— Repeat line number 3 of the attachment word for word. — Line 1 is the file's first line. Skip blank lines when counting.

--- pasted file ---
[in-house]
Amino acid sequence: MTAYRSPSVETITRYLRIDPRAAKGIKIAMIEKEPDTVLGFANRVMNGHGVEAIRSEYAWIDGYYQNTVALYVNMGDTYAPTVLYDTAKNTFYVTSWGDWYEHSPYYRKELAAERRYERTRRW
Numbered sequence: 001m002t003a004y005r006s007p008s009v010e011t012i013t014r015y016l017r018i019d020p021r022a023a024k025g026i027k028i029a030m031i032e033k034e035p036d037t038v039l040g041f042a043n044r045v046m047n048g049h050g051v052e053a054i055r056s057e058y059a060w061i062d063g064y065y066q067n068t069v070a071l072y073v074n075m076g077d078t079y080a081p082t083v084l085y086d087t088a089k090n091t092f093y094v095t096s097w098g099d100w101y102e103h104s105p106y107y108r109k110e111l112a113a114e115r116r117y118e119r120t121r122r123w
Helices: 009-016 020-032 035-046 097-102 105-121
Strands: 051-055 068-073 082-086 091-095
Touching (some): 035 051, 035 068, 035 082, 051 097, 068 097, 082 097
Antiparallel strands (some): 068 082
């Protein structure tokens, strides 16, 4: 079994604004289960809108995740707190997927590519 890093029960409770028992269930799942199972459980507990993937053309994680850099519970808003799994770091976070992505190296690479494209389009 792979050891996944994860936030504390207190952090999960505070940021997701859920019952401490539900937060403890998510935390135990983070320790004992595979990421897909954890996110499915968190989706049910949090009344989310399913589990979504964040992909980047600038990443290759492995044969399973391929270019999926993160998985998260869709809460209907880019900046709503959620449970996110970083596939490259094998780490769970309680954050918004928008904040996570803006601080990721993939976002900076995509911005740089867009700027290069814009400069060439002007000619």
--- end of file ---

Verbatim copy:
Numbered sequence: 001m002t003a004y005r006s007p008s009v010e011t012i013t014r015y016l017r018i019d020p021r022a023a024k025g026i027k028i029a030m031i032e033k034e035p036d037t038v039l040g041f042a043n044r045v046m047n048g049h050g051v052e053a054i055r056s057e058y059a060w061i062d063g064y065y066q067n068t069v070a071l072y073v074n075m076g077d078t079y080a081p082t083v084l085y086d087t088a089k090n091t092f093y094v095t096s097w098g099d100w101y102e103h104s105p106y107y108r109k110e111l112a113a114e115r116r117y118e119r120t121r122r123w